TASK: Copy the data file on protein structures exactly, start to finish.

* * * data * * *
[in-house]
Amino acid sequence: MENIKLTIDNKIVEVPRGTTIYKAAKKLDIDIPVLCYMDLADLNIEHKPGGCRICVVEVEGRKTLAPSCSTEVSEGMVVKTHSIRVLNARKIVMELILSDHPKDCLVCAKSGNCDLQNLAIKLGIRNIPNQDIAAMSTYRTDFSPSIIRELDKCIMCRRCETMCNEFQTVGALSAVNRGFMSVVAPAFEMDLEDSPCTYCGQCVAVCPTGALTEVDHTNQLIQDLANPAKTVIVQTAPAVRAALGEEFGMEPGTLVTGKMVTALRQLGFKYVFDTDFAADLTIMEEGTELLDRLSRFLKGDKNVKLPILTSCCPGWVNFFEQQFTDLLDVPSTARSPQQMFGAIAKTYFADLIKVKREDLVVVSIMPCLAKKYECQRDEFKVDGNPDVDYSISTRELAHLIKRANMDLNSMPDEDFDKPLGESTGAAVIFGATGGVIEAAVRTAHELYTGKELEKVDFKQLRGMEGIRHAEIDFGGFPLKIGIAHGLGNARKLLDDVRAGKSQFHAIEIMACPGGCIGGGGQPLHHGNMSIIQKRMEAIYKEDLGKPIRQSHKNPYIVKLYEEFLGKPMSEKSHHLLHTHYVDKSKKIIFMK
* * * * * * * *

[in-house]
Amino acid sequence: MENIKLTIDNKIVEVPRGTTIYKAAKKLDIDIPVLCYMDLADLNIEHKPGGCRICVVEVEGRKTLAPSCSTEVSEGMVVKTHSIRVLNARKIVMELILSDHPKDCLVCAKSGNCDLQNLAIKLGIRNIPNQDIAAMSTYRTDFSPSIIRELDKCIMCRRCETMCNEFQTVGALSAVNRGFMSVVAPAFEMDLEDSPCTYCGQCVAVCPTGALTEVDHTNQLIQDLANPAKTVIVQTAPAVRAALGEEFGMEPGTLVTGKMVTALRQLGFKYVFDTDFAADLTIMEEGTELLDRLSRFLKGDKNVKLPILTSCCPGWVNFFEQQFTDLLDVPSTARSPQQMFGAIAKTYFADLIKVKREDLVVVSIMPCLAKKYECQRDEFKVDGNPDVDYSISTRELAHLIKRANMDLNSMPDEDFDKPLGESTGAAVIFGATGGVIEAAVRTAHELYTGKELEKVDFKQLRGMEGIRHAEIDFGGFPLKIGIAHGLGNARKLLDDVRAGKSQFHAIEIMACPGGCIGGGGQPLHHGNMSIIQKRMEAIYKEDLGKPIRQSHKNPYIVKLYEEFLGKPMSEKSHHLLHTHYVDKSKKIIFMK